Separate names with a comma.
Discussion in 'Old's Cool' started by England-Kev, Jan 27, 2013.
1959 Scottish six day trial....
just bloody fantastic
My experience as well. The rules can vary from club to club and regionally, but I have usually found them very accomodating considering the small number of pre-65 bikes around. Even the lighter weight Cubs, Bantams and older Spanish bikes are disappearing as the machines (and their riders!) age.
I look forward to seeing one if the big UK classic events some day. Thanks for the great pics Kevin.
Didn't Norton trials bikes have rigid frames? I've seen a few pics of twin shock versions now. :huh
Norton spring frame trials is the 500T as seen in the pictures above... but there was loads of others, see here...
And I will let Rob tell you about this little treasure...
That bike sat in my mates uncles loft for years, never registered for the road. It turned out to be a genuine Works Norton Trials machine, backed up with documents and authenticated by the Norton Owners club. The forks were worn and it needed some TLC Being in our twenties at the time and only interested in faster machines, beer and women. Neither my mates or myself could be bothered with it and just regarded it as a curiosity to be sat on and tinkered with. The bike eventually made it into the hands of a retired engineer (you're going to hate this) who stripped it down, stove enamelled everything and had it repainted. He can't ride it so it just sits in his garage and gets trailered to the odd show in the summer.
If ever anything makes me wish I could go back in time and kick myself up the arse it's this bike...
Shirl, who had it in his loft, is in his eighties now and still has a couple of round tank machines in the loft along with a couple of Velos, a Morini 350 Sport that he's had for years and a couple of other machines.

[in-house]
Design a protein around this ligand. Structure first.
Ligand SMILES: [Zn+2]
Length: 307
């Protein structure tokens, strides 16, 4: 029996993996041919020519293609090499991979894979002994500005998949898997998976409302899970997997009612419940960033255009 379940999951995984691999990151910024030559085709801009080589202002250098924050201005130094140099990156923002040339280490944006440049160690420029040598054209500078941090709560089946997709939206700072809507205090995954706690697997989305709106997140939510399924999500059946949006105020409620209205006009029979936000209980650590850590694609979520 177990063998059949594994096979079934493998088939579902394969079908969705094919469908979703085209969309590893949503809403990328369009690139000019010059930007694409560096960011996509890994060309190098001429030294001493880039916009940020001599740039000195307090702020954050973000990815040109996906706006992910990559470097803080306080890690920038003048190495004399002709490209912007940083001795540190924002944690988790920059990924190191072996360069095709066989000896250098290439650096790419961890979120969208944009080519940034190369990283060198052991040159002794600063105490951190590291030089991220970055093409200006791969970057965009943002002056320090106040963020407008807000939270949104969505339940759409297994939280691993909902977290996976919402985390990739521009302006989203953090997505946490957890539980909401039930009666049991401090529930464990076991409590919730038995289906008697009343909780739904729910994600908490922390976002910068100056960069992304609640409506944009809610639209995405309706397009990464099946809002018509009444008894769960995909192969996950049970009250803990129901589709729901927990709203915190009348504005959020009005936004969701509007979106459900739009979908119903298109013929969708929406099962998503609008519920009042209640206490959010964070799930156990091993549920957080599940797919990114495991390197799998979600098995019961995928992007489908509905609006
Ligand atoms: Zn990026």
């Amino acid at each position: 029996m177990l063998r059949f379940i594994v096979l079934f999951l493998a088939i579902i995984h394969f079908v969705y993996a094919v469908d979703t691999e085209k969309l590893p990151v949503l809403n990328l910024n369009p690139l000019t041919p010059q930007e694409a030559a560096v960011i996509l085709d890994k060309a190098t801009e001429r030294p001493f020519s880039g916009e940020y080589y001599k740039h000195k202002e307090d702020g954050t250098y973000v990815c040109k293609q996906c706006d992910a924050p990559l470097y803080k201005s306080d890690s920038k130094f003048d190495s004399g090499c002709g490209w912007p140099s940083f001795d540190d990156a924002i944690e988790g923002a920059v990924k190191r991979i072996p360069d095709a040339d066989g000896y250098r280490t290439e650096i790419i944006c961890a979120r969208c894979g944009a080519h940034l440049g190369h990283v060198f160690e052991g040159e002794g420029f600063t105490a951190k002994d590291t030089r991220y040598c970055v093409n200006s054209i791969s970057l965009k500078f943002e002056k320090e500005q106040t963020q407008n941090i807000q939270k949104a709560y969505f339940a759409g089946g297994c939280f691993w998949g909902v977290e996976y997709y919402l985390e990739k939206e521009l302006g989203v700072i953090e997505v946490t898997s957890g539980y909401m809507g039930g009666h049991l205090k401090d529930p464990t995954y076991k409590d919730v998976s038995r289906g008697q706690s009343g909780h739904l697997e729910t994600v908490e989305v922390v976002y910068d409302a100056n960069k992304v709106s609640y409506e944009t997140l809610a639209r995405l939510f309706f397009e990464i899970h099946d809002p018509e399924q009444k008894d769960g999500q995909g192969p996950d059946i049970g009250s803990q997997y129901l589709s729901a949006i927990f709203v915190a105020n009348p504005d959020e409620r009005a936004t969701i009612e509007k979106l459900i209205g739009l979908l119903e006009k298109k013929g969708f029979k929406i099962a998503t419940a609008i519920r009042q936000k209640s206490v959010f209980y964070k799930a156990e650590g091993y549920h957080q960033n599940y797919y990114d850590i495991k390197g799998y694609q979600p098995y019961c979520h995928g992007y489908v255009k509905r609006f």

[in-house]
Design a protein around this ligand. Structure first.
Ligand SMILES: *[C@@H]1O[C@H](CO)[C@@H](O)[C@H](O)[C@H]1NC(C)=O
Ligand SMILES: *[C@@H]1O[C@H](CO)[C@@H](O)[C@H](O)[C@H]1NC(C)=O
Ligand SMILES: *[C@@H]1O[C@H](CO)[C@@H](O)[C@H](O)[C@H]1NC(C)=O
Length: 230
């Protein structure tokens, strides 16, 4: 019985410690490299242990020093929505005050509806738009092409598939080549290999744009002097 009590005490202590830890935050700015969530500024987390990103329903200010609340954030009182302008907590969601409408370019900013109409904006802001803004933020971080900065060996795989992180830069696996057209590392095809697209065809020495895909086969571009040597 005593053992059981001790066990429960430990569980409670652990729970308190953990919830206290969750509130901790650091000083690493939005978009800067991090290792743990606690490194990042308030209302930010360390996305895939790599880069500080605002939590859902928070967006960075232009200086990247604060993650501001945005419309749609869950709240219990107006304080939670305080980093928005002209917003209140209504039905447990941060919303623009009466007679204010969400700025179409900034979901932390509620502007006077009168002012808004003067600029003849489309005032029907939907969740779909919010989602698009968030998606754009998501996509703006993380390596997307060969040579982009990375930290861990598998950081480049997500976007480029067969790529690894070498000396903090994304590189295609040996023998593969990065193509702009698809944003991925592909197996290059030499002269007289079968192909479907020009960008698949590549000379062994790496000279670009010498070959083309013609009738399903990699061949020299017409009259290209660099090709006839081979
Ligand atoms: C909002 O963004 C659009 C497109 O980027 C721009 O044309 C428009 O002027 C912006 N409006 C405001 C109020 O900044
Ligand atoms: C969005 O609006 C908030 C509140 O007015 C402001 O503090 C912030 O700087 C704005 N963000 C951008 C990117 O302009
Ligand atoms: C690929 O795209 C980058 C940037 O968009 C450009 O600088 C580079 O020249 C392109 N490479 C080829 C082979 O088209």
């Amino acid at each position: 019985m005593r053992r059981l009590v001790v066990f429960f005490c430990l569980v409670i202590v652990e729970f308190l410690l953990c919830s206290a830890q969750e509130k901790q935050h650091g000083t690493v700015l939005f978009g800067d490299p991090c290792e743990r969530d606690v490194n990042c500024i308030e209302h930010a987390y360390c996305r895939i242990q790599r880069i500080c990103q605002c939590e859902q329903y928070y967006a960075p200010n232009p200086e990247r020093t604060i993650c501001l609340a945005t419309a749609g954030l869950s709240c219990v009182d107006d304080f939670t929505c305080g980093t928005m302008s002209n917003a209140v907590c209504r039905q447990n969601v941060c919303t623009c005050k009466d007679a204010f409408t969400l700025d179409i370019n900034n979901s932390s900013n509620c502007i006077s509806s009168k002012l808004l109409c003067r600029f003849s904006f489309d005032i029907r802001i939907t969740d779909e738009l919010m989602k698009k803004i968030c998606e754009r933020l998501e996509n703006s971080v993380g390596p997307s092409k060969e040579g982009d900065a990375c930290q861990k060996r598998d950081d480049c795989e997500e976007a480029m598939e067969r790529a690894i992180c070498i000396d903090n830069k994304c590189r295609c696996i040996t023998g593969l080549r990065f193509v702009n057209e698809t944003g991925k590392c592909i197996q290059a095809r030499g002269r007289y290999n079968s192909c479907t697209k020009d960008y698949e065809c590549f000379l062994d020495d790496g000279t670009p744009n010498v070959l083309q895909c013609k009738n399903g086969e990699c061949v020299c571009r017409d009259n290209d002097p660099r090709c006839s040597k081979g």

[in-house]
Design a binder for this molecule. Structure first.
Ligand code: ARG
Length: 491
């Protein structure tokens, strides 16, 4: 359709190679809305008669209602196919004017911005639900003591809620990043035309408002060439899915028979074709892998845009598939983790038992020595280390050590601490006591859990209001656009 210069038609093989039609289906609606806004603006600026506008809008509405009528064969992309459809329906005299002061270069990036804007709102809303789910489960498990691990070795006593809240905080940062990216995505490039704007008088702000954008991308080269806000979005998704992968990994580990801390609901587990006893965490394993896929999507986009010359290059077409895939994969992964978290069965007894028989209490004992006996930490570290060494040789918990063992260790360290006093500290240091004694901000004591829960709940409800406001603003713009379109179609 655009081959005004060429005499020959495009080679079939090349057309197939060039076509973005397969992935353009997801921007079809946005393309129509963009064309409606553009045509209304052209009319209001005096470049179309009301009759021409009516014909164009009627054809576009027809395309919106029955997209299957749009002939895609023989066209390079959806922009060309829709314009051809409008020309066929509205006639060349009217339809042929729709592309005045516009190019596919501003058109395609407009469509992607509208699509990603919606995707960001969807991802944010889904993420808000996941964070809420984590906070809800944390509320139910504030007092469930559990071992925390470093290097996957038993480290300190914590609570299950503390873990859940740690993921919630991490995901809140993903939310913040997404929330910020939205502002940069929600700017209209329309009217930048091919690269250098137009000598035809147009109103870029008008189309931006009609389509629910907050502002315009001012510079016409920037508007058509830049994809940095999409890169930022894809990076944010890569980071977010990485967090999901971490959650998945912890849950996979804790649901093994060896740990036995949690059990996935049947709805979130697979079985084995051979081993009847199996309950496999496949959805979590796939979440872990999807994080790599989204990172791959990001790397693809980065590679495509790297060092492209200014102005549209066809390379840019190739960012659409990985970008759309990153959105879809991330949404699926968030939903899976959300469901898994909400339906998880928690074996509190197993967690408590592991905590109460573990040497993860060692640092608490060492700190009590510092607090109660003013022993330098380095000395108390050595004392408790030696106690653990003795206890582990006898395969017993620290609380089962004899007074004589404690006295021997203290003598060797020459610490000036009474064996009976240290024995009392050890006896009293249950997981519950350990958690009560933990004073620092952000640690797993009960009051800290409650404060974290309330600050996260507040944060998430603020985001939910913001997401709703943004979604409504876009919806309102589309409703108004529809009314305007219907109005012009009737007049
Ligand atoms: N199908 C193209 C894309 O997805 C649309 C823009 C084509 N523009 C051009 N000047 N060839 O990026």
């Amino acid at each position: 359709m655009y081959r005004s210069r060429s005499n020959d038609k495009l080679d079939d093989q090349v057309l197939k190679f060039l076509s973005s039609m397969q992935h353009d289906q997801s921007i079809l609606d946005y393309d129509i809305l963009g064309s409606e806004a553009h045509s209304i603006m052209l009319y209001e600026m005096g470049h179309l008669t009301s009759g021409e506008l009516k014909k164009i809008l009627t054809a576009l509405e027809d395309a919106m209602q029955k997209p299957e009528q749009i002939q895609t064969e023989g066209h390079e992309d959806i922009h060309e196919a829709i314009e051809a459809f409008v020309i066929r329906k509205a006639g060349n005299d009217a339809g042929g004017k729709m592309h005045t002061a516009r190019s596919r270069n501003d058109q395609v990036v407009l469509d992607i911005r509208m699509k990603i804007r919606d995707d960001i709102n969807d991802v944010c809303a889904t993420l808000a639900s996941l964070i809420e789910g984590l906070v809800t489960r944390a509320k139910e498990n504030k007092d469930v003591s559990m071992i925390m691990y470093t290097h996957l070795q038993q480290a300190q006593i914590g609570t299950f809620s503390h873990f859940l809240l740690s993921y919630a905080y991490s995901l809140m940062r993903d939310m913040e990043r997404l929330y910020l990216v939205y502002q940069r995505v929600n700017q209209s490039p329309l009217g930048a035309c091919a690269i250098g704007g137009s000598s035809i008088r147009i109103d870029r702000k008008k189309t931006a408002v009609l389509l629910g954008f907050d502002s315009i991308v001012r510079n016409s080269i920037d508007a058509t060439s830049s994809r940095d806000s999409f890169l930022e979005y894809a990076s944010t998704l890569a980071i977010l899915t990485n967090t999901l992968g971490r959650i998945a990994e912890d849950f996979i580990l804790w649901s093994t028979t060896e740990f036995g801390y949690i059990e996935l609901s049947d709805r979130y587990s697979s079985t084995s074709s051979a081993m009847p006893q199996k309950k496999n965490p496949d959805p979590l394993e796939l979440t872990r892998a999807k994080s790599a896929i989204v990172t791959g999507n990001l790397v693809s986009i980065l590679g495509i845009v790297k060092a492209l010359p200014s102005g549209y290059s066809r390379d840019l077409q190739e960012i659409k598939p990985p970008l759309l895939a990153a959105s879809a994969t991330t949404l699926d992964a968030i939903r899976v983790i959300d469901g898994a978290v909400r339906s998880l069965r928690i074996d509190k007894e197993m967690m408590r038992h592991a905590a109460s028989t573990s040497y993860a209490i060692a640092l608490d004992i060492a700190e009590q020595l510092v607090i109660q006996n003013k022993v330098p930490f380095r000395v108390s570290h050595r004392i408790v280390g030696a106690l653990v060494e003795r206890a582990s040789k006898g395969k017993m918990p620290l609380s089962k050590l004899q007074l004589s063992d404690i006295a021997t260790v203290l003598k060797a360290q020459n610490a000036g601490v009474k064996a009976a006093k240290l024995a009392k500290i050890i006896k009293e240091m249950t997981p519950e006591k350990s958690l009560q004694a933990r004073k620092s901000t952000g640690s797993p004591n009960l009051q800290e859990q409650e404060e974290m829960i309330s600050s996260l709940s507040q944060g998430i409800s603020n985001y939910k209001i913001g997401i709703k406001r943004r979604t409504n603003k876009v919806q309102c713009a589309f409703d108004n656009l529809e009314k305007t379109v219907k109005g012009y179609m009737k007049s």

I guess everyone has their version of the ideal motorcycle. For me it's the bikes on this thread. Thanks for sharing.
I bet the Enfields won hands down.
Smart side stand on first 350cc Enfield. Looks like it started out as a coat hanger and kept its double functionality.
Thanks for a lovely picture series of very fine bikes!
I'm scouting for off road tires on my Enfield. Intended use on forest tracks. Currently thinking of Heidenau's. Anyone with some pro & con's on that subject? Would be appreciated.
Recently I tried a Michelin Annakee as rear tire on my Enfield scrambler. On road it was great, off road jst as useless as any other road tire. On hard, unpaved, secondary roads it's fine, but on loose dirt/sand and in the mud (especially in the mud) it's useless.
I now have Heidenau K60's front and back. I love the off road grip, on road they are ok-ish, good enough for me. The only drawbacks: There is only one size tat fits. This means:
- The front tire and rear tire are equally high, but because of the wider rear rim, the rear tire is actually lower (instead of higher with the stock tires). This changes the geometry of the bike and you really feel that in a bad way on the road. The solution would be longer rear springs
- The size that does fit is quite narrow. In the mud and in loose sand my rear tire sinks really deep, big minus on the roads I like to ride.
I really like how the tires look on my bike.
That is good info, thanks.
Yes, Heidenau's do look good.
But the rear tire is an issue. And having gear on the back will obviously add to the problem. I'd like to solve that without going into modding, given that's a slippery course in itself.
Apropos, I followed the build of your trial. Wasn't an easy task, -I still feel a pang at the thought of that poor engine-, but brought to an excellent result.